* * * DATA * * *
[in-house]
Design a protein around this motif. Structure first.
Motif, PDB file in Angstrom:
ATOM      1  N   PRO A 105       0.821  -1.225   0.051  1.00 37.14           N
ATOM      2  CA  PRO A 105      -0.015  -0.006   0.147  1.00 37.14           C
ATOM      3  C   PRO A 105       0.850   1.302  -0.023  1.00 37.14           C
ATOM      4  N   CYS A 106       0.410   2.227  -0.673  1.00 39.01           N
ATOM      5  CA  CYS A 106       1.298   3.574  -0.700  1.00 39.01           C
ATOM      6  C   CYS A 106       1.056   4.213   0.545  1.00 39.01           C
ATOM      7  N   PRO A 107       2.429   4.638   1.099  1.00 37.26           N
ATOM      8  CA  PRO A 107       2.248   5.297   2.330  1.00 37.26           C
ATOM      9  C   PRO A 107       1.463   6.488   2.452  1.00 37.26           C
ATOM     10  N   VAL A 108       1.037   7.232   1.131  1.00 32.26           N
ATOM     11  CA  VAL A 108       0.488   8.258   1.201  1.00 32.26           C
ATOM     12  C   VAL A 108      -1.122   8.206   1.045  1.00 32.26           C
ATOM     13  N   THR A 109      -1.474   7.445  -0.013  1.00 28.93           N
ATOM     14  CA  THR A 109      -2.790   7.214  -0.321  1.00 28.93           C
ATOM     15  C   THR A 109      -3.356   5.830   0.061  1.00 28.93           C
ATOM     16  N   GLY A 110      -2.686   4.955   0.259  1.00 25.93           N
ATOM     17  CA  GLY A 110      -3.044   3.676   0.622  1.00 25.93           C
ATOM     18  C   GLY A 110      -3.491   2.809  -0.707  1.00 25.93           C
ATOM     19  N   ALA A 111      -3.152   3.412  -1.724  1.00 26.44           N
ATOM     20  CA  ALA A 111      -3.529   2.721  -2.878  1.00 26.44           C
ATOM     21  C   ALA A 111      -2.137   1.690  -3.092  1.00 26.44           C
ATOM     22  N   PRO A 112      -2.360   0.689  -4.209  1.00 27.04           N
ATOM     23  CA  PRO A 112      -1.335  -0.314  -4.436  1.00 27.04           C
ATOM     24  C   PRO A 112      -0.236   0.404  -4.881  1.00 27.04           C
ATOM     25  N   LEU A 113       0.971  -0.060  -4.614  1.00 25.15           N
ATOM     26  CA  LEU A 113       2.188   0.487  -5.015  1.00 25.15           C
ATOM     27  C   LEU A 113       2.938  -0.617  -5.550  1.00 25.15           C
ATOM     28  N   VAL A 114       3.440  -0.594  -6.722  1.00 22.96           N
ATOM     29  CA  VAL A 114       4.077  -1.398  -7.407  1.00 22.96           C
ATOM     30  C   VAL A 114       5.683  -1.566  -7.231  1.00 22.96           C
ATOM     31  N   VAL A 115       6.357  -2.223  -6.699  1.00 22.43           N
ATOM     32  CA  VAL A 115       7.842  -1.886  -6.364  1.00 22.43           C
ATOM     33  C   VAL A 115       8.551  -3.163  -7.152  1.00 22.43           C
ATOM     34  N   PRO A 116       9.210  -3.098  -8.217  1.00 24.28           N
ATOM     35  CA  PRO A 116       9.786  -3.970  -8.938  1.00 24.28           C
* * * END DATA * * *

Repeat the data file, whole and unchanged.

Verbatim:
[in-house]
Design a protein around this motif. Structure first.
Motif, PDB file in Angstrom:
ATOM      1  N   PRO A 105       0.821  -1.225   0.051  1.00 37.14           N
ATOM      2  CA  PRO A 105      -0.015  -0.006   0.147  1.00 37.14           C
ATOM      3  C   PRO A 105       0.850   1.302  -0.023  1.00 37.14           C
ATOM      4  N   CYS A 106       0.410   2.227  -0.673  1.00 39.01           N
ATOM      5  CA  CYS A 106       1.298   3.574  -0.700  1.00 39.01           C
ATOM      6  C   CYS A 106       1.056   4.213   0.545  1.00 39.01           C
ATOM      7  N   PRO A 107       2.429   4.638   1.099  1.00 37.26           N
ATOM      8  CA  PRO A 107       2.248   5.297   2.330  1.00 37.26           C
ATOM      9  C   PRO A 107       1.463   6.488   2.452  1.00 37.26           C
ATOM     10  N   VAL A 108       1.037   7.232   1.131  1.00 32.26           N
ATOM     11  CA  VAL A 108       0.488   8.258   1.201  1.00 32.26           C
ATOM     12  C   VAL A 108      -1.122   8.206   1.045  1.00 32.26           C
ATOM     13  N   THR A 109      -1.474   7.445  -0.013  1.00 28.93           N
ATOM     14  CA  THR A 109      -2.790   7.214  -0.321  1.00 28.93           C
ATOM     15  C   THR A 109      -3.356   5.830   0.061  1.00 28.93           C
ATOM     16  N   GLY A 110      -2.686   4.955   0.259  1.00 25.93           N
ATOM     17  CA  GLY A 110      -3.044   3.676   0.622  1.00 25.93           C
ATOM     18  C   GLY A 110      -3.491   2.809  -0.707  1.00 25.93           C
ATOM     19  N   ALA A 111      -3.152   3.412  -1.724  1.00 26.44           N
ATOM     20  CA  ALA A 111      -3.529   2.721  -2.878  1.00 26.44           C
ATOM     21  C   ALA A 111      -2.137   1.690  -3.092  1.00 26.44           C
ATOM     22  N   PRO A 112      -2.360   0.689  -4.209  1.00 27.04           N
ATOM     23  CA  PRO A 112      -1.335  -0.314  -4.436  1.00 27.04           C
ATOM     24  C   PRO A 112      -0.236   0.404  -4.881  1.00 27.04           C
ATOM     25  N   LEU A 113       0.971  -0.060  -4.614  1.00 25.15           N
ATOM     26  CA  LEU A 113       2.188   0.487  -5.015  1.00 25.15           C
ATOM     27  C   LEU A 113       2.938  -0.617  -5.550  1.00 25.15           C
ATOM     28  N   VAL A 114       3.440  -0.594  -6.722  1.00 22.96           N
ATOM     29  CA  VAL A 114       4.077  -1.398  -7.407  1.00 22.96           C
ATOM     30  C   VAL A 114       5.683  -1.566  -7.231  1.00 22.96           C
ATOM     31  N   VAL A 115       6.357  -2.223  -6.699  1.00 22.43           N
ATOM     32  CA  VAL A 115       7.842  -1.886  -6.364  1.00 22.43           C
ATOM     33  C   VAL A 115       8.551  -3.163  -7.152  1.00 22.43           C
ATOM     34  N   PRO A 116       9.210  -3.098  -8.217  1.00 24.28           N
ATOM     35  CA  PRO A 116       9.786  -3.970  -8.938  1.00 24.28           C